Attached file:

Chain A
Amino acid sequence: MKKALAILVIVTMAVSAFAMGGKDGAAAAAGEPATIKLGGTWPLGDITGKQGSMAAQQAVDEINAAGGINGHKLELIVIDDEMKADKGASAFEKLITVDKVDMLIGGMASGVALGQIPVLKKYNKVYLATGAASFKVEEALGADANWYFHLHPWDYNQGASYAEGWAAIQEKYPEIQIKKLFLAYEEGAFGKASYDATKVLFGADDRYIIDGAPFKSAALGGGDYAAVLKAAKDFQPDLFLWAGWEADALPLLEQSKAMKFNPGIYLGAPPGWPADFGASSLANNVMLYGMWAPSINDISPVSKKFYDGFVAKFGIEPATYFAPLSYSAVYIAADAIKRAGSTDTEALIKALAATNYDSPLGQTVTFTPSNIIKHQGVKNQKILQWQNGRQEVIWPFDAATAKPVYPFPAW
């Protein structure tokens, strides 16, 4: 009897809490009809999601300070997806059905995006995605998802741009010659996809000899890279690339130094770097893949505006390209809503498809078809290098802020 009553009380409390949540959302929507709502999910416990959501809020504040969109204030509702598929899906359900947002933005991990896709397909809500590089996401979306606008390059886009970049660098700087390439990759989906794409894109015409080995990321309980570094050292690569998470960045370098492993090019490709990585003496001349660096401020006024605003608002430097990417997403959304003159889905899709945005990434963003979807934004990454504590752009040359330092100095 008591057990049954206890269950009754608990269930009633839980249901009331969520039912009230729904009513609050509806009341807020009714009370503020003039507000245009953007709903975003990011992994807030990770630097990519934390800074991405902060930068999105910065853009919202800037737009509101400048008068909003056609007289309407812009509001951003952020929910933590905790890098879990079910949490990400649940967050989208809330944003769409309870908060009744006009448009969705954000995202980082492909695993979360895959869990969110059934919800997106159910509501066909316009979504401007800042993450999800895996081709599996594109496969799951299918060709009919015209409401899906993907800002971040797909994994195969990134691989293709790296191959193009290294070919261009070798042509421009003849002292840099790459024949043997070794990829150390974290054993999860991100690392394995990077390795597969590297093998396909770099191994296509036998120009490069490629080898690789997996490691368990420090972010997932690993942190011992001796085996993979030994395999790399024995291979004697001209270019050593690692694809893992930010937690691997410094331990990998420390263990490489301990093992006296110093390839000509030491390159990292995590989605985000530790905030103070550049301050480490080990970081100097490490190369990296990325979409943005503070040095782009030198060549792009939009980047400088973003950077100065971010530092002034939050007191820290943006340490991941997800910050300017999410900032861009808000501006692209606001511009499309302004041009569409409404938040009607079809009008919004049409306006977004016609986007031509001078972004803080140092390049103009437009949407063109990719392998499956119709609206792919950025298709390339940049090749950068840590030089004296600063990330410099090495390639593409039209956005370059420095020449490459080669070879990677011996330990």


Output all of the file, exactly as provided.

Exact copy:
Chain A
Amino acid sequence: MKKALAILVIVTMAVSAFAMGGKDGAAAAAGEPATIKLGGTWPLGDITGKQGSMAAQQAVDEINAAGGINGHKLELIVIDDEMKADKGASAFEKLITVDKVDMLIGGMASGVALGQIPVLKKYNKVYLATGAASFKVEEALGADANWYFHLHPWDYNQGASYAEGWAAIQEKYPEIQIKKLFLAYEEGAFGKASYDATKVLFGADDRYIIDGAPFKSAALGGGDYAAVLKAAKDFQPDLFLWAGWEADALPLLEQSKAMKFNPGIYLGAPPGWPADFGASSLANNVMLYGMWAPSINDISPVSKKFYDGFVAKFGIEPATYFAPLSYSAVYIAADAIKRAGSTDTEALIKALAATNYDSPLGQTVTFTPSNIIKHQGVKNQKILQWQNGRQEVIWPFDAATAKPVYPFPAW
């Protein structure tokens, strides 16, 4: 009897809490009809999601300070997806059905995006995605998802741009010659996809000899890279690339130094770097893949505006390209809503498809078809290098802020 009553009380409390949540959302929507709502999910416990959501809020504040969109204030509702598929899906359900947002933005991990896709397909809500590089996401979306606008390059886009970049660098700087390439990759989906794409894109015409080995990321309980570094050292690569998470960045370098492993090019490709990585003496001349660096401020006024605003608002430097990417997403959304003159889905899709945005990434963003979807934004990454504590752009040359330092100095 008591057990049954206890269950009754608990269930009633839980249901009331969520039912009230729904009513609050509806009341807020009714009370503020003039507000245009953007709903975003990011992994807030990770630097990519934390800074991405902060930068999105910065853009919202800037737009509101400048008068909003056609007289309407812009509001951003952020929910933590905790890098879990079910949490990400649940967050989208809330944003769409309870908060009744006009448009969705954000995202980082492909695993979360895959869990969110059934919800997106159910509501066909316009979504401007800042993450999800895996081709599996594109496969799951299918060709009919015209409401899906993907800002971040797909994994195969990134691989293709790296191959193009290294070919261009070798042509421009003849002292840099790459024949043997070794990829150390974290054993999860991100690392394995990077390795597969590297093998396909770099191994296509036998120009490069490629080898690789997996490691368990420090972010997932690993942190011992001796085996993979030994395999790399024995291979004697001209270019050593690692694809893992930010937690691997410094331990990998420390263990490489301990093992006296110093390839000509030491390159990292995590989605985000530790905030103070550049301050480490080990970081100097490490190369990296990325979409943005503070040095782009030198060549792009939009980047400088973003950077100065971010530092002034939050007191820290943006340490991941997800910050300017999410900032861009808000501006692209606001511009499309302004041009569409409404938040009607079809009008919004049409306006977004016609986007031509001078972004803080140092390049103009437009949407063109990719392998499956119709609206792919950025298709390339940049090749950068840590030089004296600063990330410099090495390639593409039209956005370059420095020449490459080669070879990677011996330990």